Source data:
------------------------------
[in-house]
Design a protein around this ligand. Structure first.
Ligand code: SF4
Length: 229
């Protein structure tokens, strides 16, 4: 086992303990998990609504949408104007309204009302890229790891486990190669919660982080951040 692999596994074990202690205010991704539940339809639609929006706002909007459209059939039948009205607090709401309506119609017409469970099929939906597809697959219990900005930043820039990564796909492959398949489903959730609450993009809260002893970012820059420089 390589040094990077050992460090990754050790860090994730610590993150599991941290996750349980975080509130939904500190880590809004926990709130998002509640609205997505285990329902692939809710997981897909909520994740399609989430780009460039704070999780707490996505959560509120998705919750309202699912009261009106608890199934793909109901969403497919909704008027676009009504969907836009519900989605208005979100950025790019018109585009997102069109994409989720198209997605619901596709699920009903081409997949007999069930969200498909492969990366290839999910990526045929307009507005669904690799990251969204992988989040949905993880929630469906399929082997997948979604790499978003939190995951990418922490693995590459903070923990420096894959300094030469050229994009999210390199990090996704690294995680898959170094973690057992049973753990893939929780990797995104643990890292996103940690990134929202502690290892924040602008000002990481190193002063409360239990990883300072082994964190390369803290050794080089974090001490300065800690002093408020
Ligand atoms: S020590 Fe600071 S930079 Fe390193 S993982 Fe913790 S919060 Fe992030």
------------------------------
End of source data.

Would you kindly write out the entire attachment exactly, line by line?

[in-house]
Design a protein around this ligand. Structure first.
Ligand code: SF4
Length: 229
């Protein structure tokens, strides 16, 4: 086992303990998990609504949408104007309204009302890229790891486990190669919660982080951040 692999596994074990202690205010991704539940339809639609929006706002909007459209059939039948009205607090709401309506119609017409469970099929939906597809697959219990900005930043820039990564796909492959398949489903959730609450993009809260002893970012820059420089 390589040094990077050992460090990754050790860090994730610590993150599991941290996750349980975080509130939904500190880590809004926990709130998002509640609205997505285990329902692939809710997981897909909520994740399609989430780009460039704070999780707490996505959560509120998705919750309202699912009261009106608890199934793909109901969403497919909704008027676009009504969907836009519900989605208005979100950025790019018109585009997102069109994409989720198209997605619901596709699920009903081409997949007999069930969200498909492969990366290839999910990526045929307009507005669904690799990251969204992988989040949905993880929630469906399929082997997948979604790499978003939190995951990418922490693995590459903070923990420096894959300094030469050229994009999210390199990090996704690294995680898959170094973690057992049973753990893939929780990797995104643990890292996103940690990134929202502690290892924040602008000002990481190193002063409360239990990883300072082994964190390369803290050794080089974090001490300065800690002093408020
Ligand atoms: S020590 Fe600071 S930079 Fe390193 S993982 Fe913790 S919060 Fe992030």